Meet The Designer Whose Printed Bags Are Trending On Instagram

Emily Morrison of Elysian wants her pieces to bring joy and comfort.

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Elysian's Emily Morrison on leaving Wall Street to start a fashion brand, valuing homemade accessori...
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Back in 2019, as Emily Morrison chatted with the local artisans and wandered the markets of Bodrum and Istanbul, Turkey, she was immediately taken by the country’s rich patterns and colors.

When she returned to the States, her husband encouraged her to reach out to the artisans she befriended on the trip, order some pieces, and maybe host a pop-up event to introduce the items to people in her network.

“One of my friends owned a boutique and hosted a pop-up for us,” Morrison tells Bustle. “After selling out that weekend and the following week at another friend’s store, I decided to go back to Turkey and design and curate products.”

She knew a business was brewing after a few more sold-out pop-ups, and in April 2020 decided to leave her Wall Street job to launch Elysian, a fashion and lifestyle brand that sells vibrant, texture-rich apparel and accessories handmade in Turkey.

Today, the brand is a hit among Instagram influencers, with fans especially gravitating toward the sold-out St. Tropez tote in pink and heralding it as something Legally Blonde’s Elle Woods would bring on vacation.

Here, Morrison opens up about leaving her corporate finance job after 16 years, building a fashion brand, and trend forecasting for a living.

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What sets Elysian apart from other brands?

Elysian’s products are one-of-a-kind, handmade pieces that use centuries-old techniques, not mass production. Dyes turn out different every time, patterns slightly differ. Nothing is done in bulk. Our silk and silk velvet fabrics are hand-loomed in Turkey and Central Anatolia. The patterns, too, have been around for centuries.

The artisans simply tweak prints slightly to add their own spin and also add new colorways that we work together on, but everything honors traditional design. Our work with these communities of artisans provides a source of income, employment, and preservation of art forms that otherwise would be lost due to lack of demand and opportunity in the villages we work within.

Tell us about a valuable lesson you’ve learned from launching Elysian.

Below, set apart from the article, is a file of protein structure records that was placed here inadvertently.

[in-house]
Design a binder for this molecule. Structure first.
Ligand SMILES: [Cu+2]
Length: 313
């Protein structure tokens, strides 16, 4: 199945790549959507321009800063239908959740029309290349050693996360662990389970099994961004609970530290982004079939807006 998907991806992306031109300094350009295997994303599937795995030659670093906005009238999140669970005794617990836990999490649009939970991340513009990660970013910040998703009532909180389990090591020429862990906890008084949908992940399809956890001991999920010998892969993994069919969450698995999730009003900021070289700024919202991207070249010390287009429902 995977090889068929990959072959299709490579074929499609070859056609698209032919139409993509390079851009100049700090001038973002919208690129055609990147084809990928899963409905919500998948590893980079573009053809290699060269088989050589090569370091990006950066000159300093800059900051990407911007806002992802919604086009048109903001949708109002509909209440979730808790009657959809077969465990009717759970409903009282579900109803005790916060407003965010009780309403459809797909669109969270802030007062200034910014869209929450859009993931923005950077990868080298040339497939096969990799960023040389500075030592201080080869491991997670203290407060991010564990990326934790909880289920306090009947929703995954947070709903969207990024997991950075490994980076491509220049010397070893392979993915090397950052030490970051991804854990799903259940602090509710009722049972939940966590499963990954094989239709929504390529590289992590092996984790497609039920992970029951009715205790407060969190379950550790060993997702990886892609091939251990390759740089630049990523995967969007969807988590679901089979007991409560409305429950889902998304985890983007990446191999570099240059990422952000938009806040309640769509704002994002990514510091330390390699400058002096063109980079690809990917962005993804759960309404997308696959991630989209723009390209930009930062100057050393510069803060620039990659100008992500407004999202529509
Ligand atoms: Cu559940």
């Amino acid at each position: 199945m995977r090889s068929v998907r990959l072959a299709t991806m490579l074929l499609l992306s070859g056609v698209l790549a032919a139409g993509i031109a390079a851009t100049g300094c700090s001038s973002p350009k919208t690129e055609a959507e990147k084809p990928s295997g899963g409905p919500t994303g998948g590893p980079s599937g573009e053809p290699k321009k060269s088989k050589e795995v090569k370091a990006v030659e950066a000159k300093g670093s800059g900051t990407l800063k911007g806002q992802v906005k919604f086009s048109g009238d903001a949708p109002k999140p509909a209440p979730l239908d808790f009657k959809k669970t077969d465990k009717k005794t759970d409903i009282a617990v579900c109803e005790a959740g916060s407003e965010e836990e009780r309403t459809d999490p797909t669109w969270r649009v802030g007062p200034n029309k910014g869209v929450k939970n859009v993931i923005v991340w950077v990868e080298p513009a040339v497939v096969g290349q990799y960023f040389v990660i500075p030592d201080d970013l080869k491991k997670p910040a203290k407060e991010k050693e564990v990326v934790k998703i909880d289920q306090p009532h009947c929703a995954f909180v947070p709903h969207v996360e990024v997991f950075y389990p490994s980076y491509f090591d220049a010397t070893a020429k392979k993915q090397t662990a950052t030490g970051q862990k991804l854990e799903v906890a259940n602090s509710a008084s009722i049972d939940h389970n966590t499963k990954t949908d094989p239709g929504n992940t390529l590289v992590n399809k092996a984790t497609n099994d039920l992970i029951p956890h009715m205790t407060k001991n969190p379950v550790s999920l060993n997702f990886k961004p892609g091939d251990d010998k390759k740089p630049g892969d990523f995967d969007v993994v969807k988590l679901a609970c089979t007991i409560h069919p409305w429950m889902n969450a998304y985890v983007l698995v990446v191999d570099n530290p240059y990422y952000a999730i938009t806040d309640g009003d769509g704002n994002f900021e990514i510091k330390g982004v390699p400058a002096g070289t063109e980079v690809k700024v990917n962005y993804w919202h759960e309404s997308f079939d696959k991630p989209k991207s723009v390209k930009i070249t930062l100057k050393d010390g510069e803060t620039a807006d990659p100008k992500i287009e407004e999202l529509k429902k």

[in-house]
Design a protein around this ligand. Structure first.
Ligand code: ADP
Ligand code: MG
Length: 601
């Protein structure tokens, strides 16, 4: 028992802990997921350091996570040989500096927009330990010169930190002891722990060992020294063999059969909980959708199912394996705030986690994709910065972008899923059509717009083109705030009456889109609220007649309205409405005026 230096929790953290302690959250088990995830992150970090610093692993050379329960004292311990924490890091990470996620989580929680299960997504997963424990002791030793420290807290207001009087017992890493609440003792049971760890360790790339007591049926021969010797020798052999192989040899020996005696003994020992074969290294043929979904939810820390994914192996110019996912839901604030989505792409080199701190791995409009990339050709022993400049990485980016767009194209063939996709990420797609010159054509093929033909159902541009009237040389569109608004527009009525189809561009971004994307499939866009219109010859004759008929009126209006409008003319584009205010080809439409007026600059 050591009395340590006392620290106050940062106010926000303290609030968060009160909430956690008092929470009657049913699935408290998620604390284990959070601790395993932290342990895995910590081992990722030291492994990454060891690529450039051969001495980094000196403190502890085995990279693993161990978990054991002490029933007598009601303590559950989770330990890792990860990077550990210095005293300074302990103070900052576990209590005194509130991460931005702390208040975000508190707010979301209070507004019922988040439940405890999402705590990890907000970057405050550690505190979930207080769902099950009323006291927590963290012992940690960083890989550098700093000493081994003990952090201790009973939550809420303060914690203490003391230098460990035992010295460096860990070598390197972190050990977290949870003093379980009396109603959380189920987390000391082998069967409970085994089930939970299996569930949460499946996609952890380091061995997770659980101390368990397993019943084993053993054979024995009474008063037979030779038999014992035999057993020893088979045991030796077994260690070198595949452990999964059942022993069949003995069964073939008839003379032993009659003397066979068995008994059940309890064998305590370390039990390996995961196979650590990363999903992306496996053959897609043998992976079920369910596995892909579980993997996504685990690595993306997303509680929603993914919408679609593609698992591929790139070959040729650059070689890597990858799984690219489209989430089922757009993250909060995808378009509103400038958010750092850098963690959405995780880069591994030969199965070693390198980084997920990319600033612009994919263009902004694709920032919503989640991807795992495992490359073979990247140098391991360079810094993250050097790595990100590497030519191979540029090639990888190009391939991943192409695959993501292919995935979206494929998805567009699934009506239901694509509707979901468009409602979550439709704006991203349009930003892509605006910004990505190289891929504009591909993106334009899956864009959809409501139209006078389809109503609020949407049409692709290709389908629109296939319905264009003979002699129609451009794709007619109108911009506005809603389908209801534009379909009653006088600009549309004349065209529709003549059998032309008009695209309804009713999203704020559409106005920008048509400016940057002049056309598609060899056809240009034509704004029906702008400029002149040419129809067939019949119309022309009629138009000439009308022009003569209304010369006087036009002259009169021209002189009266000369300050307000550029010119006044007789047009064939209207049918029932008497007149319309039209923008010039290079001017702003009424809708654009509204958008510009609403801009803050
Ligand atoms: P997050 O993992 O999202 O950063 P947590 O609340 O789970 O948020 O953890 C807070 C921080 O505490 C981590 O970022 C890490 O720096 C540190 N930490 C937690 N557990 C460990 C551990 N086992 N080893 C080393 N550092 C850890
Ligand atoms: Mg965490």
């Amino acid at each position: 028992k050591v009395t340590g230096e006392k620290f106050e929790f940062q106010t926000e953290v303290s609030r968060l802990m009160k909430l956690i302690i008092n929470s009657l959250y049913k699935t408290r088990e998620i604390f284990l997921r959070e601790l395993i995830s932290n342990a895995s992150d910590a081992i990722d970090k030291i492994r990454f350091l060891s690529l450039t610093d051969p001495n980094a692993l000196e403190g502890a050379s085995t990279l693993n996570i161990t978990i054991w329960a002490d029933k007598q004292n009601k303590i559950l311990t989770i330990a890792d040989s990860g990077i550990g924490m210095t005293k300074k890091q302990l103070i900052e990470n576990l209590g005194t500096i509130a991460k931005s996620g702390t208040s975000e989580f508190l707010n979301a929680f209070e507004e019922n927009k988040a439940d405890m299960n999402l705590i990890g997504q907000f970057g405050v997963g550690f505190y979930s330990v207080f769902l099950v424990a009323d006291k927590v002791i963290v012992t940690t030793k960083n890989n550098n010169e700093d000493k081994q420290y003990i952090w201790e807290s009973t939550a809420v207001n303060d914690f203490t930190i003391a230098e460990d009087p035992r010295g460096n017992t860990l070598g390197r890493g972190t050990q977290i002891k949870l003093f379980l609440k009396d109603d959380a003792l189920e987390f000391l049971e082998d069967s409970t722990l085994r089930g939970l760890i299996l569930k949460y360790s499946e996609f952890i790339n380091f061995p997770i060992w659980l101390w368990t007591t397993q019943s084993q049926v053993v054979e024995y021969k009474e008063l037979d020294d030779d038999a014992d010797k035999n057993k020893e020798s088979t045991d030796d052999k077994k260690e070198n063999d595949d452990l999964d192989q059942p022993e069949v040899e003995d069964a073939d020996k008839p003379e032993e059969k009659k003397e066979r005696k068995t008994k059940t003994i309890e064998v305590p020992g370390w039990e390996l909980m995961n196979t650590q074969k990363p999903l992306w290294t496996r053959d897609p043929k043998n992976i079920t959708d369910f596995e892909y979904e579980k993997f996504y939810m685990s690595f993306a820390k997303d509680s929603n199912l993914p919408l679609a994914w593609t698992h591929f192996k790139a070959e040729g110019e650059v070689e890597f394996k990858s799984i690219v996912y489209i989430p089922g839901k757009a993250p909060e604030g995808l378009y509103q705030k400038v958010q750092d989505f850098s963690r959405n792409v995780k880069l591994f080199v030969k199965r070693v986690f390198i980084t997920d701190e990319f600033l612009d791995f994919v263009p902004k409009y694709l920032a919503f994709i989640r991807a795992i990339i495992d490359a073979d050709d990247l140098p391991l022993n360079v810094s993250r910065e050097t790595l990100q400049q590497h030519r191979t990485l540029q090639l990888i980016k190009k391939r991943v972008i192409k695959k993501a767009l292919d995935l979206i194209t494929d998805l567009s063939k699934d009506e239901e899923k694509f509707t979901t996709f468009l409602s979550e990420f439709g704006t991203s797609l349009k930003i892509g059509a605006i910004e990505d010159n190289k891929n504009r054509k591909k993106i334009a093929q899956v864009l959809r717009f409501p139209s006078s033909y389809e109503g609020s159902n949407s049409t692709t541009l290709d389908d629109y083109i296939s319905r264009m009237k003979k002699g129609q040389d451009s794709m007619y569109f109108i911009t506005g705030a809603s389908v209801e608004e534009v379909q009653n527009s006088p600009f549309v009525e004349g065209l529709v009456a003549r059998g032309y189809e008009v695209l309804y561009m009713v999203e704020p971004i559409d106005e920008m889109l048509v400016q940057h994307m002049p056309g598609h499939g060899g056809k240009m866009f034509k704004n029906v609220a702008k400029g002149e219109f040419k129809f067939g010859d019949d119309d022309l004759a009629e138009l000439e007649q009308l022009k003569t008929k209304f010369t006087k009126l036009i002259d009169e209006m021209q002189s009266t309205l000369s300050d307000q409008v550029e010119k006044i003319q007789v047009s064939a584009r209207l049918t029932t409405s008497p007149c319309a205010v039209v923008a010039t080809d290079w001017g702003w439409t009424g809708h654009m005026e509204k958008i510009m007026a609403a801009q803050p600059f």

I have been fortunate in some ways to not have a background in retail. I didn’t have a set idea of how things should be so I have tried to acquire things that are more timeless — that you could buy any time of year and save as treasures, rather than falling into the cycle of trend-based fashion.

The pieces we sell are about creating an experience where you feel effortlessly transformed when wearing or enjoying it in your home. They bring joy, comfort, and inspiration, and transcend any trends on the horizon.

How did your everyday wear change during the pandemic? What are your predictions for how that may carry over in our post-pandemic wardrobes?

I’ve definitely been leaning toward more oversize pieces. People want to dress more effortlessly. Pieces from Elysian — such as our kaftans, silk robes, and dresses — that can be worn inside, outside, and are able to appeal to anyone’s personal style, have been customers’ favorites. We’ll continue to see these transitional, versatile pieces dominating over the next year.

Elysian founder and designer Emily MorrisonPhoto: Elysian

When you think of the future of fashion, what comes to mind? What do you want to see more of?

Shoppers have been making much more intelligent purchases over the past few years. They’re educated on what they’re buying, which means they’re taking a quality over quantity approach and are in need of more transitional pieces or wearable treasures that withstand seasons, trends, and day-to-day wear.

I’d love to see more people appreciating the handiwork from true artisans and the time it takes to make products. People will often say they want handmade things, but if a stitch is off, it’s a disaster. They don’t truly understand that imperfection is what makes these products so beautiful. All these little things that artisans add to each product is their own mark and not a “flaw.”

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